Local News

Health care “Close to Home”

The “Close to Home” campaign, set to launch by Thayer County Health Services, encourages people to stay in the home area for health care.
Throughout the campaign, the hospital will advertise on radio spots and online to emphasize access to care.
Marketing director, Kassi Hartley, developed the campaign. Hartley is from the Sandhills. Hospital executive director, David Burd, said Hartley realizes the value of a critical care access facility because she grew up near one.
“She realized the importance of having a facility close to home and once it’s gone, you don’t get it back,” Burd said. “We’re right here in the county.”
Revenue was slow in November, but the hospital saw an increase in volume after a slow start to December.
“People just weren’t sick in November,” Burd, who talked with surrounding hospitals that had the same problem, said. “That seemed to be a common trend.”
December saw a wave of flu patients and Burd said that will continue.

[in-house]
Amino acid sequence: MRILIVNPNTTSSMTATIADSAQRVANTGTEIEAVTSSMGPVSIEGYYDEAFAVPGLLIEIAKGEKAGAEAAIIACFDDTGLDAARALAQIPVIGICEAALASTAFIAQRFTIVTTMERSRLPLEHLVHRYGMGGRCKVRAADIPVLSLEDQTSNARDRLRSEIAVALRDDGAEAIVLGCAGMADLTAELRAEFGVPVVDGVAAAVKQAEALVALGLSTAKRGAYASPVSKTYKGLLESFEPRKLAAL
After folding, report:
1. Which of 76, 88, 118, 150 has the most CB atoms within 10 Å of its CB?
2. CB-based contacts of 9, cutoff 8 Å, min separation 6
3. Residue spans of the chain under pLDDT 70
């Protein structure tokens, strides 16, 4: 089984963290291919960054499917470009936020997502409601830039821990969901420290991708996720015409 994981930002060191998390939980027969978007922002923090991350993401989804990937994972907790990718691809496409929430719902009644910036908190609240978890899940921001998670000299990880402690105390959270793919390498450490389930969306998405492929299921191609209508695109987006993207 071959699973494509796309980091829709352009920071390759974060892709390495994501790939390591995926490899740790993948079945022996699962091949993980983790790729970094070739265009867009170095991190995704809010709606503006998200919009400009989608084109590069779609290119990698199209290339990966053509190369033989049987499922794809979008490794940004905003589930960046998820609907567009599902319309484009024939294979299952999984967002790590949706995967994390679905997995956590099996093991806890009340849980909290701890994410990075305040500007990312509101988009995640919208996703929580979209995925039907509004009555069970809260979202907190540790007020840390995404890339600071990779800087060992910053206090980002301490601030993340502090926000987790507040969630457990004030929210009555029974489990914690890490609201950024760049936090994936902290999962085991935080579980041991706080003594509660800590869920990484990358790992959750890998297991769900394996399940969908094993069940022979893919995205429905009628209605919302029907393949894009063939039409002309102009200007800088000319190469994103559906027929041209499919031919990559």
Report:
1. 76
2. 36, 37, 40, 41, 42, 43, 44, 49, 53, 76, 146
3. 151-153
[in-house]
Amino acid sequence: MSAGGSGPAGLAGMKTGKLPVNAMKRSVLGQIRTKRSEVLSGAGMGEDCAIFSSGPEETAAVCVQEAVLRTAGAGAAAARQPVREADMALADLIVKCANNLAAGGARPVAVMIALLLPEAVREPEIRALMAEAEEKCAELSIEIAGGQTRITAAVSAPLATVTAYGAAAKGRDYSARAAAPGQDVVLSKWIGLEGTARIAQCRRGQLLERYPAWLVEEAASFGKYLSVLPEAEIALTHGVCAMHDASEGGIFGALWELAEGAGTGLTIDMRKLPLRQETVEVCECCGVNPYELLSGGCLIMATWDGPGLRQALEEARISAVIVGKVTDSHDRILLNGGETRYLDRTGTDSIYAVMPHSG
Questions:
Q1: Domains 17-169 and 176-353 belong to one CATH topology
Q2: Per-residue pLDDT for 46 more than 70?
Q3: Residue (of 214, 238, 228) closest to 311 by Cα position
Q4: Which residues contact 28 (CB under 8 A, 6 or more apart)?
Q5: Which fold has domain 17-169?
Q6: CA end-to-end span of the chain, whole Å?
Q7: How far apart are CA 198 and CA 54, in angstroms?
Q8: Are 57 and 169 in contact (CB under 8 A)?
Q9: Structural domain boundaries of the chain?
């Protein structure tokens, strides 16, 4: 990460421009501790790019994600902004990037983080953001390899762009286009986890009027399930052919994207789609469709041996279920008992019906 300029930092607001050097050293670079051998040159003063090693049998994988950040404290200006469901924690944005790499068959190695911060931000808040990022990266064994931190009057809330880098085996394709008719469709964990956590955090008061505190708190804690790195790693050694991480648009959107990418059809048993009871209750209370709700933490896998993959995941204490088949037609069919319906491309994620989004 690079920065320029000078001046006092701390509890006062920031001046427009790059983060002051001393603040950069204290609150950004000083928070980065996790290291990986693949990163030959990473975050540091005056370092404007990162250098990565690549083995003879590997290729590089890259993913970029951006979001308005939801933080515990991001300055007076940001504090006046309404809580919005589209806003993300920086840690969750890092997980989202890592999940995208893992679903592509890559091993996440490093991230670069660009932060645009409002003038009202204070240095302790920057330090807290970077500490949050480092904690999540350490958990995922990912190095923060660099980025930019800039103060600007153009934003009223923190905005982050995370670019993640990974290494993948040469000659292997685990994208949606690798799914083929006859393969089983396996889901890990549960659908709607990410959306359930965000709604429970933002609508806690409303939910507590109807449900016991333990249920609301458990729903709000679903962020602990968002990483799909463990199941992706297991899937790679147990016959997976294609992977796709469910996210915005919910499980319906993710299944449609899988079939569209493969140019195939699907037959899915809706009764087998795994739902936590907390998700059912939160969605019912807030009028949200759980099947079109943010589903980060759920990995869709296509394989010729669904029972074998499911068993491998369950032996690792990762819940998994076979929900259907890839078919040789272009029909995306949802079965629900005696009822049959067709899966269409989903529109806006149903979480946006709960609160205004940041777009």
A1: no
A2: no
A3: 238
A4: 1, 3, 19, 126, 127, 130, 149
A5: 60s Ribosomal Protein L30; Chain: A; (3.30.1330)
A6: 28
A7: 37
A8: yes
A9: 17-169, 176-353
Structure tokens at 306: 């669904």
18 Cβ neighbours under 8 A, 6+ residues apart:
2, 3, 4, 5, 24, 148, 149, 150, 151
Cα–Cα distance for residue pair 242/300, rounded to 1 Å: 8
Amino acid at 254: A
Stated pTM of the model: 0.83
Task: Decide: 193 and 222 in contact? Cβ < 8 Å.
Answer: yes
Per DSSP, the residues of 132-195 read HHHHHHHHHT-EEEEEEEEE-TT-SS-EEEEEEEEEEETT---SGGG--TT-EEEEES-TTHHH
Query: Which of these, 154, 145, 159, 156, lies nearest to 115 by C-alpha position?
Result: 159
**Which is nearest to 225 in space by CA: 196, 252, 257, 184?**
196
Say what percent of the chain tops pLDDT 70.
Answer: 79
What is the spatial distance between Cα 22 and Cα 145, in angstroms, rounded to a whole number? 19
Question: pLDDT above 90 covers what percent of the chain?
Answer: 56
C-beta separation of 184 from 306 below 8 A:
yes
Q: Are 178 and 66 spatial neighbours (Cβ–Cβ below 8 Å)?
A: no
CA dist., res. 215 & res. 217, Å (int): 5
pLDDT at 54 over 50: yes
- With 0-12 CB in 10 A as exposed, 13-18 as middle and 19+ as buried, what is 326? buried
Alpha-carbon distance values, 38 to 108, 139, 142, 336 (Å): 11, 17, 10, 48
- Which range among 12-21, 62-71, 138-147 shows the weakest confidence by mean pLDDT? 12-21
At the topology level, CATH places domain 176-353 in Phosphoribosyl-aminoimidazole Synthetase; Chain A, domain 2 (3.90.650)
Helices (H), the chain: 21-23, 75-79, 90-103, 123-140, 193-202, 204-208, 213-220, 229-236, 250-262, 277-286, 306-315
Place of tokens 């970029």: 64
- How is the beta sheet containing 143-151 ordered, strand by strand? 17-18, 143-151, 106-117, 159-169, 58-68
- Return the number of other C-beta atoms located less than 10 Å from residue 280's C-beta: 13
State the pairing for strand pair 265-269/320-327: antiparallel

January has been busier and surgeries are rising with the most volume in 2018, the first bump in five years.
Burd attributes the rise to the new specialists TCHS brought in, such as ear, nose and throat and oncology. The existing specialists increased their volumes as well, and rehabilitation remained steady for the fiscal year.
“We receive lots of positive feedback on the specialists related to the breath of services available locally,” Burd said, adding the first chemotherapy treatment was recently completed.  
Also showing an increase was the amount of employees using the fitness center as the hospital started an employee bonus program last year. The hospital is currently tracking employee usage.
As of Jan. 1, hospitals were required to post medical charges online as part of the Patient Protection and Affordable Care Act of 2009, and TCHS has standard charges in a machine-readable format. The hospital is working with a vendor on the task and will continue to improve the tools for patients to help them be more informed.
Burd said that while the transparency of medical charges was part of the 2009 Act, there were no regulations in place to implement it.
“At some point, our hope is to add more comparisons to other hospitals and give patients tools to estimate what they would owe after insurance,” Burd said.   

Leave a Reply